The term "total loss" is used in the auto insurance industry to describe a car that would cost more to repair than the value of the car itself. When an insurance company that your car, truck, SUV, van or other vehicle is a total loss, you have the choice to accept the insurance company's check to you for the value of your car or to dispute the valuation of the car and have the total loss determined by an arbitrator.How Insurance Companies Determine Total LossFollowing an accident, your insurance company will initially assign an insurance adjuster to your claim. The adjuster will inspect your wrecked auto and determine the extent of the damage. The adjuster will also use a formula that is established by each insurance company to determine whether the insurer should pay to repair the vehicle of if the cost of repairs would exceed the threshold that the company has set. Many insurers will consider the vehicle to be a total loss if the cost of repairing the vehicle and providing you with a rental car for the time period that the vehicle is being repaired exceeds fifty-one percent of the actual cash value of the vehicle. Other companies will call the vehicle a total loss if this percentage is eighty percent or greater.Even though a car may still be drivable, if the actual cash value of the vehicle is already low due to vehicle age or condition, the insurance company may prefer to total the car out and pay you the cash value of the car in lieu of paying for repairs. Typically, insurance companies use the so-called "blue book" value of the vehicle in determining cash value.Arbitration to Dispute Total LossIf you do not agree with the declaration of your vehicle being a total loss, you may have the right to arbitration. Check with your policy to determine if you have that right, or ask your agent. Not all policies provide a provision for arbitration. If it does, you can hire an independent arbitrator to examine your vehicle and make an estimate as to the cost of repairing the vehicle. If the insurance adjuster's valuation of the vehicle (and thus the payment you will receive) is less than you think it should be, or if your vehicle has sentimental value, then arbitration may be your best option.A good way to know if you are getting a fair shake from the insurance company is to look up the value of your vehicle online. There are several online authorities on the matter of blue book value, and it does not cost to look up the information.Settling UpOnce your vehicle has been declared a total loss, most people just accept the settlement check for the value of their vehicles. The settlement check typically includes the cost of registering and titling a vehicle that values at the same costs as your wrecked auto. The insurance company will keep your wrecked auto and sell it off to recoup some of the money that they paid out to you. Most "totaled" vehicles end up being sold to salvage or junkyards as scrap.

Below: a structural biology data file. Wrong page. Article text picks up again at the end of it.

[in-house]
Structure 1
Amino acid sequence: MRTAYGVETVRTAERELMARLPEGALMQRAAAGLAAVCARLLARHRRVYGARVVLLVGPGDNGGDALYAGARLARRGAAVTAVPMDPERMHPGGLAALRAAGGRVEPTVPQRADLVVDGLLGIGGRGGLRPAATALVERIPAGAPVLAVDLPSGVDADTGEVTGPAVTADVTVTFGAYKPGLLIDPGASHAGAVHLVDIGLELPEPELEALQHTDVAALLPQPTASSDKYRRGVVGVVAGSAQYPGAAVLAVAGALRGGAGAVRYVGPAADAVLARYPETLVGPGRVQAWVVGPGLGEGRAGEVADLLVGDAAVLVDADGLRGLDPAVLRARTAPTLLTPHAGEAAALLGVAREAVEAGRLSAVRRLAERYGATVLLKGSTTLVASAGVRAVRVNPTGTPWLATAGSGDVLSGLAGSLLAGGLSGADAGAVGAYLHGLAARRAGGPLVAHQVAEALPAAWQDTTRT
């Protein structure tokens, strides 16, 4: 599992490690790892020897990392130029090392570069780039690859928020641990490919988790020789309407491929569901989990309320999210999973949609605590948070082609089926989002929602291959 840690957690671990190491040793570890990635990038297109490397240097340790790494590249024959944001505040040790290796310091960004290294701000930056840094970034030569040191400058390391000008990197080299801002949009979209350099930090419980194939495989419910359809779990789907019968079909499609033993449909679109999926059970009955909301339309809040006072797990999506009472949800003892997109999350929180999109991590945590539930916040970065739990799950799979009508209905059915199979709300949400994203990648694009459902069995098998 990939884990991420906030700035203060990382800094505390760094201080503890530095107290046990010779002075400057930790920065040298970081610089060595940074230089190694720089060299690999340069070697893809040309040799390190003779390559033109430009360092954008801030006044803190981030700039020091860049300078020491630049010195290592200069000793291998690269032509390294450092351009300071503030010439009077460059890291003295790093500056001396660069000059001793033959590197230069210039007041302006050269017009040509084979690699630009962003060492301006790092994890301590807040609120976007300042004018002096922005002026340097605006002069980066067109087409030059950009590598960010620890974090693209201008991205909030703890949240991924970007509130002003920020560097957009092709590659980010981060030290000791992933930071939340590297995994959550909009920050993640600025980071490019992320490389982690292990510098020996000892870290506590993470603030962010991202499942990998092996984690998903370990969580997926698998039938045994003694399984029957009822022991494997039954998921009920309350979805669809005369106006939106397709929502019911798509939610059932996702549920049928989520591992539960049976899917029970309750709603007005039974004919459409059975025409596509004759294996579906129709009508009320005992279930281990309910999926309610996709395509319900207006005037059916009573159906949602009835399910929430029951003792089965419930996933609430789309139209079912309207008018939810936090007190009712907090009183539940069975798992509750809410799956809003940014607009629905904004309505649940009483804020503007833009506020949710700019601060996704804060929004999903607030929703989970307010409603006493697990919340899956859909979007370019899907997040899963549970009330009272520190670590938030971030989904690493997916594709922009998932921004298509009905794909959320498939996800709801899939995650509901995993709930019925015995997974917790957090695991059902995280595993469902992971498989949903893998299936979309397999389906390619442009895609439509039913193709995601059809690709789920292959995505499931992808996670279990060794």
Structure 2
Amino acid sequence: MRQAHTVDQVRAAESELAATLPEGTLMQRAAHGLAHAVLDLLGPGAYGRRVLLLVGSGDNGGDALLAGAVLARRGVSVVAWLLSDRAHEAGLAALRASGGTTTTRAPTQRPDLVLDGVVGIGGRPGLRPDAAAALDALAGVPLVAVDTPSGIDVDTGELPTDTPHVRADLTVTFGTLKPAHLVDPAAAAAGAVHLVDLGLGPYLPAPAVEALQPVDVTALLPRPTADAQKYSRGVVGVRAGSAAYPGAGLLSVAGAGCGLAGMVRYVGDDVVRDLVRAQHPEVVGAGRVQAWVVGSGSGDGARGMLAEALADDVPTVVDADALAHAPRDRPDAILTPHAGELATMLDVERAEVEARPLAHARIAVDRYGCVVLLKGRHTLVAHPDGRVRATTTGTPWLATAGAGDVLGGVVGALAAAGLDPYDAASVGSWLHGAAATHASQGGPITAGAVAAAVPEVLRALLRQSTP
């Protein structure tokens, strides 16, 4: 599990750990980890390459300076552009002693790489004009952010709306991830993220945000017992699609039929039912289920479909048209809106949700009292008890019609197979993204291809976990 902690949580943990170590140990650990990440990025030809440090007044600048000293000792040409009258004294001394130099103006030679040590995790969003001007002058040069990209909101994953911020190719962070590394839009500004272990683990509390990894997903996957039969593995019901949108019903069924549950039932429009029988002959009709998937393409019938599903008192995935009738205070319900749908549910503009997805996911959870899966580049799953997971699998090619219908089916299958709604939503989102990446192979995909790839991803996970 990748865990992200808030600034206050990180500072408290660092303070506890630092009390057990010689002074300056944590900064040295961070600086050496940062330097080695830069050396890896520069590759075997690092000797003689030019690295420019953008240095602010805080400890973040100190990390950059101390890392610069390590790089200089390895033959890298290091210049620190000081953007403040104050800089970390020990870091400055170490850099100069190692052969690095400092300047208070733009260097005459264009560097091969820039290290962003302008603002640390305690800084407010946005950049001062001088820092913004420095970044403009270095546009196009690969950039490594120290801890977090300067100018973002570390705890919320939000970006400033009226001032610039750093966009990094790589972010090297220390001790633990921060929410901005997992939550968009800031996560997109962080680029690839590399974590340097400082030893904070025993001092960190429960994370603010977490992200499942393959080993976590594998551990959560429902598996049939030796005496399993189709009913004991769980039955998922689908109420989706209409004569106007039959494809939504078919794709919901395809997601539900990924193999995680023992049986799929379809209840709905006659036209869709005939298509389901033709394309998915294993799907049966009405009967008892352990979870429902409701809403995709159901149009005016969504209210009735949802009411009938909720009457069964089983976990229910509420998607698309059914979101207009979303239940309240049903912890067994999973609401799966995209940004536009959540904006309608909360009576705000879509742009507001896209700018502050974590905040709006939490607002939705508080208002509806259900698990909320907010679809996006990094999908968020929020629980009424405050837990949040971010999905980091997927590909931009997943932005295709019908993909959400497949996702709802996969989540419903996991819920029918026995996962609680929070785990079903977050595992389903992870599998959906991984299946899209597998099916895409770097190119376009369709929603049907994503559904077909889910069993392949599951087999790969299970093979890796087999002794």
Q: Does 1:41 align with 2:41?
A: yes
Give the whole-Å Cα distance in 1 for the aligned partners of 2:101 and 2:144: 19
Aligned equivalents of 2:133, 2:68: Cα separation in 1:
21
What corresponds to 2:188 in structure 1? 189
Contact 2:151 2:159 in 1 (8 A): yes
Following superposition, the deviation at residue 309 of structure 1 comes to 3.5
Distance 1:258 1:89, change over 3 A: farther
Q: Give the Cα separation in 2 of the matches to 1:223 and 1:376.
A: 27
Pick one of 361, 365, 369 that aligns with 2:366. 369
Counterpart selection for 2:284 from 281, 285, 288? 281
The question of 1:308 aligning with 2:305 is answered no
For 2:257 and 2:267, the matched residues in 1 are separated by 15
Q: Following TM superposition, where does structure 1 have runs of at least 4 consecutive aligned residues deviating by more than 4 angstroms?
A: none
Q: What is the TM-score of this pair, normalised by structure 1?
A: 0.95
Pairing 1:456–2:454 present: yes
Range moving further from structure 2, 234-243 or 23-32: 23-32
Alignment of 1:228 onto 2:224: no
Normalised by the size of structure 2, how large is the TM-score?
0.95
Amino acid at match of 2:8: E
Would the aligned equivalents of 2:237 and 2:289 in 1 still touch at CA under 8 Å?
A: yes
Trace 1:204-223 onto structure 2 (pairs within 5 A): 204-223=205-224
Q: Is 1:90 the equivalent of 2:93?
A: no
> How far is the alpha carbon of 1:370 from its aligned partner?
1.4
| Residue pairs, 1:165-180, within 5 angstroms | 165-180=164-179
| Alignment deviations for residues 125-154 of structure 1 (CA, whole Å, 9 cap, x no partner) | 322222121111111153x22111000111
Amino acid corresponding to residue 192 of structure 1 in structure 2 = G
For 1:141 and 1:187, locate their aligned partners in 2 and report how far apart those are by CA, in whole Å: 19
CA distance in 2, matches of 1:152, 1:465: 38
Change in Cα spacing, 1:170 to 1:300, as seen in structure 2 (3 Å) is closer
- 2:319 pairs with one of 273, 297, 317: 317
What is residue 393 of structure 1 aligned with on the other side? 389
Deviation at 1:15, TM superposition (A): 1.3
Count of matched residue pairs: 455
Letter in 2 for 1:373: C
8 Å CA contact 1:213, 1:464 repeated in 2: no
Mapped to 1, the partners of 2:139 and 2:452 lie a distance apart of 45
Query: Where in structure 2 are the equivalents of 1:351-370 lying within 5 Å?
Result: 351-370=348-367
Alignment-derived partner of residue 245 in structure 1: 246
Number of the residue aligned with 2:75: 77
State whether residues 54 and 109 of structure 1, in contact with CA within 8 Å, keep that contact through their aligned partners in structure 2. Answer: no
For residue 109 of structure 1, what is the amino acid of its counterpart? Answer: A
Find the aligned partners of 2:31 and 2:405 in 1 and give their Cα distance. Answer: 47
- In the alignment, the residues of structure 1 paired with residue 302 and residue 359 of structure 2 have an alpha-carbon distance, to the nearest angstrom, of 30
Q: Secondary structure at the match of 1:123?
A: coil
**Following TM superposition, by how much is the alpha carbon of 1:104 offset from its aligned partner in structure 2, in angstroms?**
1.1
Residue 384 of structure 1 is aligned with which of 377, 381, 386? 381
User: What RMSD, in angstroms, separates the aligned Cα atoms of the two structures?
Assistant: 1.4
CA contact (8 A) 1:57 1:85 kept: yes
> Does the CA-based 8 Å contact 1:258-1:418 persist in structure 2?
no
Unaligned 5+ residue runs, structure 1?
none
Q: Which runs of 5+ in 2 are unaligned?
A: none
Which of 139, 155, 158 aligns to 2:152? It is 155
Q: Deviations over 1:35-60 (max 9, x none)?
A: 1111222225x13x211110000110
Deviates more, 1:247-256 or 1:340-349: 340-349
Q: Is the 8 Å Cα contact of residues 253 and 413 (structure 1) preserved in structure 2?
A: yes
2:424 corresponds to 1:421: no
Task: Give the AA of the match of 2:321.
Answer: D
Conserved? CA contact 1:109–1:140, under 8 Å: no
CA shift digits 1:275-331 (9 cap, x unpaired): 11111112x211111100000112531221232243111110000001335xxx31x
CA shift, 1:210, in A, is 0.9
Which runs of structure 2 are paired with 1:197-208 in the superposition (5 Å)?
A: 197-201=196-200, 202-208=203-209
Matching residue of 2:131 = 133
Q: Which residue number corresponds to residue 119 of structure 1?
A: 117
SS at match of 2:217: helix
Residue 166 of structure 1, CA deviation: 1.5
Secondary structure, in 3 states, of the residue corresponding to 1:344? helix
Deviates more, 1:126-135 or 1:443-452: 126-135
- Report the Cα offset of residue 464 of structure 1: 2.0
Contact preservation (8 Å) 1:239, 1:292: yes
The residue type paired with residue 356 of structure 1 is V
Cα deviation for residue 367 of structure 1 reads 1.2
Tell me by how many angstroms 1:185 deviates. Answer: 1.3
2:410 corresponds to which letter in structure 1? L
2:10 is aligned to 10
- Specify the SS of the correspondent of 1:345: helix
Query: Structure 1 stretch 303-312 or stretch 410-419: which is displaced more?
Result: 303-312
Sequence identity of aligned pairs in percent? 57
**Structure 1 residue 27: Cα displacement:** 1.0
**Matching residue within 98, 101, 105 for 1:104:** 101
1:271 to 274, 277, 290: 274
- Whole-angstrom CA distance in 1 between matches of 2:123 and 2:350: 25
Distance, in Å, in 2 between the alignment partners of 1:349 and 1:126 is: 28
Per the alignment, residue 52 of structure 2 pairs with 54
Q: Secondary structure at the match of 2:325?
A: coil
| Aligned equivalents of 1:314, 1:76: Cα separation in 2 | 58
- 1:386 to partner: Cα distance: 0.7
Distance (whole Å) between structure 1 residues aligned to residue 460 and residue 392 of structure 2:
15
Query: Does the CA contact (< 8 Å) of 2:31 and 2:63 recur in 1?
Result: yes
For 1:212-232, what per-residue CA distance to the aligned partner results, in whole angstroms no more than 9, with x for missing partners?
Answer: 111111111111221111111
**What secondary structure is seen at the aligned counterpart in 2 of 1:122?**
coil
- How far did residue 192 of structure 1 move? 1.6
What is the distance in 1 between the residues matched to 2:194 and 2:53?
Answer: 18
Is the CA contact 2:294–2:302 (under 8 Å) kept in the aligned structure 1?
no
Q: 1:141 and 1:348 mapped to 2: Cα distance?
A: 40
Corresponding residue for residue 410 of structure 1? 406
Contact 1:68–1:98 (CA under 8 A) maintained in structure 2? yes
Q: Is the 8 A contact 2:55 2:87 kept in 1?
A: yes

If it is a total loss then the insurance needs to pay the value of the vehicle.